Oct 19, 2022, Page 8

 Contributed by "The Clark Co. Press"


Extracted by Dolores (Mohr) Kenyon.


Index of "Oldies" Articles


Clark County News


October 21, 1937


Offices moved


Tuesday the law office of Atty. Hugh Haight was moved to the rooms over the First National Bank formerly occupied by Dr. J.H. and Horace Frank. The rooms have been redecorated and remodeled to make them convenient for attorney’s offices.


Dr. Frank moved sometime previously to fine apartments over the Kearns Drug Store that had been fitted up very conveniently for clinical purposes.


Apple canning bee held


An apple canning bee was held in the Methodist Church kitchen Monday afternoon, Oct. 18. The apples were donated by several families; others furnished sugar. Hospital jars were used, and the finished product of fine applesauce, about 39 quarts, will be given to the Rice Lake Methodist Hospital. All of the ladies had a fine time, and the project is a very commendable one.


Stock market in terrific nose dive


Prices on the New York stock market took the worst drop in a number of years this week. The market had been sagging for a number of weeks, and new lows were reached ten days ago. Monday of this week the bottom seemed to fall out completely and issues dropped from 3 to 15 points. Tuesday there was a slight rally.


The fact that foreign investors are selling heavily with fears of war, the unsettling of industry because of strikes and the federal government running into the red under President Roosevelt at the rate of over100 million dollars a month were the big factors.


Concrete walls for New P.O. building


The concrete in the foundation walls of the new $70,000 federal building in Neillsville was poured in exactly 12 ½ hours Saturday by the Ebbe Construction Co. The newest type of mixer on the market was used and go-carts were used to wheel the loads of cement as quickly as mixed.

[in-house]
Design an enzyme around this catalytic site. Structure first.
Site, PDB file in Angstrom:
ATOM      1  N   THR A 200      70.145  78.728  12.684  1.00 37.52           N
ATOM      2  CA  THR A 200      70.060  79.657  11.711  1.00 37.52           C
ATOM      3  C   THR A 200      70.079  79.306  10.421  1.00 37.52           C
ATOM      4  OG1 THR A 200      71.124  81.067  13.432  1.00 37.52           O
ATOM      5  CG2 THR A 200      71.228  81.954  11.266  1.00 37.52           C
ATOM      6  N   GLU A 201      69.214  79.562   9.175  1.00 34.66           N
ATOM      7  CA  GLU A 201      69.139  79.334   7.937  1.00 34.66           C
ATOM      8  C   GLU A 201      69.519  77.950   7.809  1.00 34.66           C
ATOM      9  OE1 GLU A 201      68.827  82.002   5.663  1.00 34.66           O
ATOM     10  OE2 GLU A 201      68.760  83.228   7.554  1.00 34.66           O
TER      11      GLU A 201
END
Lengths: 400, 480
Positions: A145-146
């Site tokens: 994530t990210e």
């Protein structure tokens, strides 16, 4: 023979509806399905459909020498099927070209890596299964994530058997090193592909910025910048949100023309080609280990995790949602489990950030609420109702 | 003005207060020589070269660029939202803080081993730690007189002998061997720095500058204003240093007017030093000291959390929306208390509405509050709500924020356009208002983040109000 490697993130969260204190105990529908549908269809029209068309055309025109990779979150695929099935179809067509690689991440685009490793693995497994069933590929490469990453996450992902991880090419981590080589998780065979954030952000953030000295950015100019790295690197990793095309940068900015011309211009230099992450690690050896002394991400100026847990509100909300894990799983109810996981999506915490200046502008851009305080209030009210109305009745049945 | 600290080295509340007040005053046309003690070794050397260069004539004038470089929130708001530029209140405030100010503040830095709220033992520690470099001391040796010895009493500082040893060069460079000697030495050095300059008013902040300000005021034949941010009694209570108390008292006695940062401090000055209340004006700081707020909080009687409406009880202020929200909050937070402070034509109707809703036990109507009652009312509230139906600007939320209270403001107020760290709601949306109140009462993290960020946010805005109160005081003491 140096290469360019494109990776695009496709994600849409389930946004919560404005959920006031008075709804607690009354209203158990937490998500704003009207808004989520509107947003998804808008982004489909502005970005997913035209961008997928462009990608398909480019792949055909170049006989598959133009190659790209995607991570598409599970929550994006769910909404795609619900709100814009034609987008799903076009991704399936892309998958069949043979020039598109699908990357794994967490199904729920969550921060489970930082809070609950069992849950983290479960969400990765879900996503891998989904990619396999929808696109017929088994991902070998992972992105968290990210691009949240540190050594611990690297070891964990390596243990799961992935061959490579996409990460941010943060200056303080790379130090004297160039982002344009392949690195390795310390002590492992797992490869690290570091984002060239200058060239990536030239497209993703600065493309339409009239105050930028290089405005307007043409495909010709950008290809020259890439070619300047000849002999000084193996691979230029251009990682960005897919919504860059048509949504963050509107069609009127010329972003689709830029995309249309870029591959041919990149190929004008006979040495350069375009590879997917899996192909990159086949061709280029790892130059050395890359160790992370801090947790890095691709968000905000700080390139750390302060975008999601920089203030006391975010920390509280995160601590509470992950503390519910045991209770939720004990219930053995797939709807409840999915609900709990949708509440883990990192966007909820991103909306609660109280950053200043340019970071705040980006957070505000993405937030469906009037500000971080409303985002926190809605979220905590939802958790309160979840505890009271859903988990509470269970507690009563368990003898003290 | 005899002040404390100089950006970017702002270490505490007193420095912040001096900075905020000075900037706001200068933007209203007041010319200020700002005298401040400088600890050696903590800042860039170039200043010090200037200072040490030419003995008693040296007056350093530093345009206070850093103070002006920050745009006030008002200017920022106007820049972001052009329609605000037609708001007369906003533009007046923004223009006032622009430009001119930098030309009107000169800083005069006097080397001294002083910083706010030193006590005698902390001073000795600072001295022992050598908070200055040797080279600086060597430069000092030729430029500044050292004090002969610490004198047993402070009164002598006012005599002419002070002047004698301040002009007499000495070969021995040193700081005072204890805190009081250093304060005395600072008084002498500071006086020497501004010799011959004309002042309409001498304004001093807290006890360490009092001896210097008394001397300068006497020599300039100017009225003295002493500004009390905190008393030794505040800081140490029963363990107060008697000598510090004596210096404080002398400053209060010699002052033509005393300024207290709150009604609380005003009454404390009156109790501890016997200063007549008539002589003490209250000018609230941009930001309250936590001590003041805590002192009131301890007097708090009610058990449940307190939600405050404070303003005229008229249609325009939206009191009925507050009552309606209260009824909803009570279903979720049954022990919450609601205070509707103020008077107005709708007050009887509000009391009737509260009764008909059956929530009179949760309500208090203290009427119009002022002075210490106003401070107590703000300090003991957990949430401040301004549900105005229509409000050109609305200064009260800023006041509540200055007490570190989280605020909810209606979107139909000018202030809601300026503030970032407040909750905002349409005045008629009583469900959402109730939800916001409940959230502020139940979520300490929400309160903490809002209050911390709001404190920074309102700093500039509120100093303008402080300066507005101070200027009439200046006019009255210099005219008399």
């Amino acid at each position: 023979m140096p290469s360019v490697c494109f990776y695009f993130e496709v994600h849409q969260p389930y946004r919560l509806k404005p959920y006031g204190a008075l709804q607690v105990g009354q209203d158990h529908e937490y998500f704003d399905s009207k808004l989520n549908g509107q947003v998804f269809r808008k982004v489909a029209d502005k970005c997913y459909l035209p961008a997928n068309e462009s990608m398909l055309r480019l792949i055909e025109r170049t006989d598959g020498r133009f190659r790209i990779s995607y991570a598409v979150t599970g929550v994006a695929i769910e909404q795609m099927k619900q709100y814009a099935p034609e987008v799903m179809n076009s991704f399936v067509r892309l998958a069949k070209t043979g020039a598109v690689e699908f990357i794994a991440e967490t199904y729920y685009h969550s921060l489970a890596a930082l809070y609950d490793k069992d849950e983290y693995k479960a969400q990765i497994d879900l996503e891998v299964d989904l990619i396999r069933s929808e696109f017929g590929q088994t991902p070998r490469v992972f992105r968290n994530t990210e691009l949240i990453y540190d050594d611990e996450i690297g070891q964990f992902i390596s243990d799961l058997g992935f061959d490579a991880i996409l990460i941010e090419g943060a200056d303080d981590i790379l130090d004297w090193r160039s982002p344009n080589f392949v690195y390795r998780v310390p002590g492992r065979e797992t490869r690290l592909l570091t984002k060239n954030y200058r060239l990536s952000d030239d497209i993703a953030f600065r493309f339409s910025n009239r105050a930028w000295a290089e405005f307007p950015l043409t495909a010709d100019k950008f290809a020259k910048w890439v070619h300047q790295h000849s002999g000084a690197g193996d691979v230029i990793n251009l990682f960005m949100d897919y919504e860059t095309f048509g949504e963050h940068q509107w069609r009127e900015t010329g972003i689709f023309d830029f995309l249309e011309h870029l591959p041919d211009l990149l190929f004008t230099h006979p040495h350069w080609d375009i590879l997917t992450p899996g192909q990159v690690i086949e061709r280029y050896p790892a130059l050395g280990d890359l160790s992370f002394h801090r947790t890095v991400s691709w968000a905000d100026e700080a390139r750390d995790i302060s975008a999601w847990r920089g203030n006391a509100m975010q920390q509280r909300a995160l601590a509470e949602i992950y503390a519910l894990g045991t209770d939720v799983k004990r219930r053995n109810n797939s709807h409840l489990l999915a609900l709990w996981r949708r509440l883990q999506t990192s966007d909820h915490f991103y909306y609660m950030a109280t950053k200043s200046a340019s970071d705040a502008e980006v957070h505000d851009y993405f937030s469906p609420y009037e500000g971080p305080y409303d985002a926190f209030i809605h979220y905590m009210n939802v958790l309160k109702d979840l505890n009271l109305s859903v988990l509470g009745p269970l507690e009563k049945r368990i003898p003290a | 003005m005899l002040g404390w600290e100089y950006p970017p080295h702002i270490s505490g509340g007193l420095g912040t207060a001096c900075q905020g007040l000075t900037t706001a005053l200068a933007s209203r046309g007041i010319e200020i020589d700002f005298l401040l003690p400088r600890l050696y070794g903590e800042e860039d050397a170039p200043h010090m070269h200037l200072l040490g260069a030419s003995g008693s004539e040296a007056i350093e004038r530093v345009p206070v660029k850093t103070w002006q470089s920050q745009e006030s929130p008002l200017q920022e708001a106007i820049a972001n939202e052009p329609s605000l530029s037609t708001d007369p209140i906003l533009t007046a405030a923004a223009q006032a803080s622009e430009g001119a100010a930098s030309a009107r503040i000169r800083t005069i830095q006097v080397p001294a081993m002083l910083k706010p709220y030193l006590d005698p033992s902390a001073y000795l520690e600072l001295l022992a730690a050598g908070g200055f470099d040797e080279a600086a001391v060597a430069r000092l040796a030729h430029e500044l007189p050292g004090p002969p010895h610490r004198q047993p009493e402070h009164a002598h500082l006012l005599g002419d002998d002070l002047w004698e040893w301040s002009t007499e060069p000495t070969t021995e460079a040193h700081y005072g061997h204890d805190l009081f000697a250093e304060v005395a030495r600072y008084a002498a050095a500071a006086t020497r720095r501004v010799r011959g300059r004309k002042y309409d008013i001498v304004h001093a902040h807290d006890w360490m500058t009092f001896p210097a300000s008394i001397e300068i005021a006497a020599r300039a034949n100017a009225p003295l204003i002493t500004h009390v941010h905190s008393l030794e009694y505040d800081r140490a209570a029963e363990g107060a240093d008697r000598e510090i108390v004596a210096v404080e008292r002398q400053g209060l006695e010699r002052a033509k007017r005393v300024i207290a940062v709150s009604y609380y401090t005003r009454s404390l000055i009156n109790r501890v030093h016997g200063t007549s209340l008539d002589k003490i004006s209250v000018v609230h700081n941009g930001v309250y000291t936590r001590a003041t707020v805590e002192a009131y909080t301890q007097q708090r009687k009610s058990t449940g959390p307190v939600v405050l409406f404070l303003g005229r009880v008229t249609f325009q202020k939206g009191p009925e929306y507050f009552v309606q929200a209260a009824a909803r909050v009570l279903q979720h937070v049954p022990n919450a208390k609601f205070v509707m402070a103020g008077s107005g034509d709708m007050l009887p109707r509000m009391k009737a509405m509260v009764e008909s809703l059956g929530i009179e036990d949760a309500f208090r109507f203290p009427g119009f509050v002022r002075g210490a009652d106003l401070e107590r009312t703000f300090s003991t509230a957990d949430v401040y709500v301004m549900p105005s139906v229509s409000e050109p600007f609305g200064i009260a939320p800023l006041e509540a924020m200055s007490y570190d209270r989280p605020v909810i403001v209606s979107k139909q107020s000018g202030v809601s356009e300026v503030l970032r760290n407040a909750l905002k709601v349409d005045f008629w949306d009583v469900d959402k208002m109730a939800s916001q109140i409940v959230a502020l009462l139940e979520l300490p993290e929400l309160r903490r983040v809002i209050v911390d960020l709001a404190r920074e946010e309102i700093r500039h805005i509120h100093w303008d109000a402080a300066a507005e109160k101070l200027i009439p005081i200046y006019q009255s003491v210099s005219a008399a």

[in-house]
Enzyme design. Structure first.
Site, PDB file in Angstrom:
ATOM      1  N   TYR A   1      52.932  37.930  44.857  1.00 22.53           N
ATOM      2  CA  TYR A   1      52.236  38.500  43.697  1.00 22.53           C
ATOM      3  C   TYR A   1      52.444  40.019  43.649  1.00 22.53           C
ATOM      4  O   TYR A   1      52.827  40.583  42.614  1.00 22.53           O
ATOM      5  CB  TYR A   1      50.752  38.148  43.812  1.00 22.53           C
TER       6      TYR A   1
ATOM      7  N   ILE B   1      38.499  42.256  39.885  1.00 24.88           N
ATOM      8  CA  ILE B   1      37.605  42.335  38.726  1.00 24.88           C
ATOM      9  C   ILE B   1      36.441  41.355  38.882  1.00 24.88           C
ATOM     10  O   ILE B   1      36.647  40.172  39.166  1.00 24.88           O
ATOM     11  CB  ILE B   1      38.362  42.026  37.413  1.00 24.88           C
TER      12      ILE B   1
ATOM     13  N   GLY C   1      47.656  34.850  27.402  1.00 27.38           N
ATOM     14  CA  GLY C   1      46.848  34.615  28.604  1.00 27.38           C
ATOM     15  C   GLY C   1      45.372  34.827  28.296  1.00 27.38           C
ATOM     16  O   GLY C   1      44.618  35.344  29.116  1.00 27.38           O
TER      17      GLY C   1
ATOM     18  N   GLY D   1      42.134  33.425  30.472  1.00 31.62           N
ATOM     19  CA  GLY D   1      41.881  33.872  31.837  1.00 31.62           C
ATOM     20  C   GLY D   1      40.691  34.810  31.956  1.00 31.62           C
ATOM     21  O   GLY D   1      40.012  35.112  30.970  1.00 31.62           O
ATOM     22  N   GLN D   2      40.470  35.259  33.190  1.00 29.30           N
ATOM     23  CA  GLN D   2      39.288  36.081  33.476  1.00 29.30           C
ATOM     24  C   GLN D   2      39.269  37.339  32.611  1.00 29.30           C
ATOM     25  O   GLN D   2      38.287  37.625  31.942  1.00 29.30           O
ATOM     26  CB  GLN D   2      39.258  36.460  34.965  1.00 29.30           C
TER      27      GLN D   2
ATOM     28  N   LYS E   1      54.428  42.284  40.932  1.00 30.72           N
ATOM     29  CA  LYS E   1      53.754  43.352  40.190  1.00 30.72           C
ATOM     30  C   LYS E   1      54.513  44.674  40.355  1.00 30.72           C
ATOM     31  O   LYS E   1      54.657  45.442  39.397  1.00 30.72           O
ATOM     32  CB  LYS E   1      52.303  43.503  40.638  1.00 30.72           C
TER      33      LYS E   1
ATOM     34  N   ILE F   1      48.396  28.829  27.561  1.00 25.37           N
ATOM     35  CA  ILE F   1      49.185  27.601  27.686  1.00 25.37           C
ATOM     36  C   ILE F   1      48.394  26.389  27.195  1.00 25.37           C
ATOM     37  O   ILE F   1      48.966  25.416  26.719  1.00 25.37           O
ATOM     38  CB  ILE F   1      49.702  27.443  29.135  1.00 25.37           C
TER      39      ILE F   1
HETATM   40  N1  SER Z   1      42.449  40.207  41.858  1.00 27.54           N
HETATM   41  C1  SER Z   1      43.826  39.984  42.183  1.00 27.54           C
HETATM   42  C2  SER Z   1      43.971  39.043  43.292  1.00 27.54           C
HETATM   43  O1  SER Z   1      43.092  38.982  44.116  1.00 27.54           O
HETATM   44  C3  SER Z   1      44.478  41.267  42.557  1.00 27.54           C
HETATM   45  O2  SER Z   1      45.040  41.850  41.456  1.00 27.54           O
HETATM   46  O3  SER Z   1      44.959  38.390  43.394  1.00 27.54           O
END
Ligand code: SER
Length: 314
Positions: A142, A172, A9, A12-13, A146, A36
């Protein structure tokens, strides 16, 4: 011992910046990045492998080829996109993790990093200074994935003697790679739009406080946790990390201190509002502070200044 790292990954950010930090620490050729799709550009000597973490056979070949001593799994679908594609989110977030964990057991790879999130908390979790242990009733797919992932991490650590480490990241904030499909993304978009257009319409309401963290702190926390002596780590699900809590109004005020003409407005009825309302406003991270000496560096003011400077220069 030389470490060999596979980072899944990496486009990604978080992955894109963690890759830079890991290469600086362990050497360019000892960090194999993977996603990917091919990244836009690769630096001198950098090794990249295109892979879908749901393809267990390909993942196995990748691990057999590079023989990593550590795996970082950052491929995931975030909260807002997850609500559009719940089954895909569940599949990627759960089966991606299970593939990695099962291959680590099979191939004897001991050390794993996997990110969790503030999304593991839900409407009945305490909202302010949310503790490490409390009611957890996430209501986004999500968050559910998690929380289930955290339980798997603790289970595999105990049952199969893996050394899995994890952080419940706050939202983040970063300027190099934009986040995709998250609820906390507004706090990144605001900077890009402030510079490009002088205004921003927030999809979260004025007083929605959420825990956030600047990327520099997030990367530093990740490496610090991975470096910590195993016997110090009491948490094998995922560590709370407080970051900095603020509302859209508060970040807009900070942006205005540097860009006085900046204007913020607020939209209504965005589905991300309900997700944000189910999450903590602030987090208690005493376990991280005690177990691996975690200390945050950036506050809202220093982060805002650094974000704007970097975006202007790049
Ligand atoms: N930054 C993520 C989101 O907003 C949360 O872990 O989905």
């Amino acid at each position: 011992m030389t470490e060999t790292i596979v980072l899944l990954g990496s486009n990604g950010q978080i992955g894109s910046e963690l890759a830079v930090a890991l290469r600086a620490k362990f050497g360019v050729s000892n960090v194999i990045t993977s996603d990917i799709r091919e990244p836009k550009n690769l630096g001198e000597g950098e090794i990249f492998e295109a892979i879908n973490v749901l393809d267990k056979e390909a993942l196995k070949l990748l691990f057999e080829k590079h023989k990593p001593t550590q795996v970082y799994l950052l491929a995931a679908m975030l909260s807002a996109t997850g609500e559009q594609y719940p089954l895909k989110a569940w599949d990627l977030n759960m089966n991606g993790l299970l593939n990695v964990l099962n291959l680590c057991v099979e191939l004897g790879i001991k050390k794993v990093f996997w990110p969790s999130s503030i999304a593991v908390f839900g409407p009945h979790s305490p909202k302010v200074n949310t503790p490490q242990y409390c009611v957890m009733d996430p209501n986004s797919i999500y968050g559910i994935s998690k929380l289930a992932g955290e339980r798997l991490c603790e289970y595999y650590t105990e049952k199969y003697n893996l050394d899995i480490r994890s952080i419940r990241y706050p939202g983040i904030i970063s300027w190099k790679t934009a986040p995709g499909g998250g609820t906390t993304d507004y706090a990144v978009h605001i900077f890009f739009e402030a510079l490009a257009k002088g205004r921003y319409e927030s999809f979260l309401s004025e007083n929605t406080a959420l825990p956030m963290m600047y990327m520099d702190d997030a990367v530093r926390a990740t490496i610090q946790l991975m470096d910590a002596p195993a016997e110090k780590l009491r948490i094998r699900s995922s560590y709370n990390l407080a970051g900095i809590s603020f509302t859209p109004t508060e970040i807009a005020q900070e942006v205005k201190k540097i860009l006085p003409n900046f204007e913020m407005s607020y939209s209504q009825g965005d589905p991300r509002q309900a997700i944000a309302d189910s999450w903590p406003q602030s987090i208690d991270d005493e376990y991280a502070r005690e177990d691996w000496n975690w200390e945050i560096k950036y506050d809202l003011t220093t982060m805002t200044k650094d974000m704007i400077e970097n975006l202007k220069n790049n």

Poor honey crop


Wm. Lowery of Granton, bee inspector for Clark County, is the owner of a good many colonies of bees and keeps closely in touch with the honey markets. He states that the late honey crop was very poor, and many colonies are going into winter with a limited supply of food. Mr. Lowery predicts a strong market for honey, a view that is confirmed by reports from various parts of the country.


Osseo has horse show


The Osseo horse show, which had been postponed because of sickness among horses in this section, is being held October 21.


Finds old letter


H.L. Trewartha recently left at the Press office an old letter found among some papers at the Sires place in Humbird. The letter was written Aug. 20, 1876, by Fred Michelstetter, who apparently worked for the Republican-Press office, as the office letterhead was used.


The writer mentions names which may still be familiar to some people here – Charley Ecker, Dave Payn, and Allie Lee, who went with the writer of the letter and others to the “Windfall” field to play baseball with the “Windfall” team known as the “The Clumsies,” Neillsville winning by a score of 31 to 29.


October 15, 1941


Fuel rationing to be explained at meeting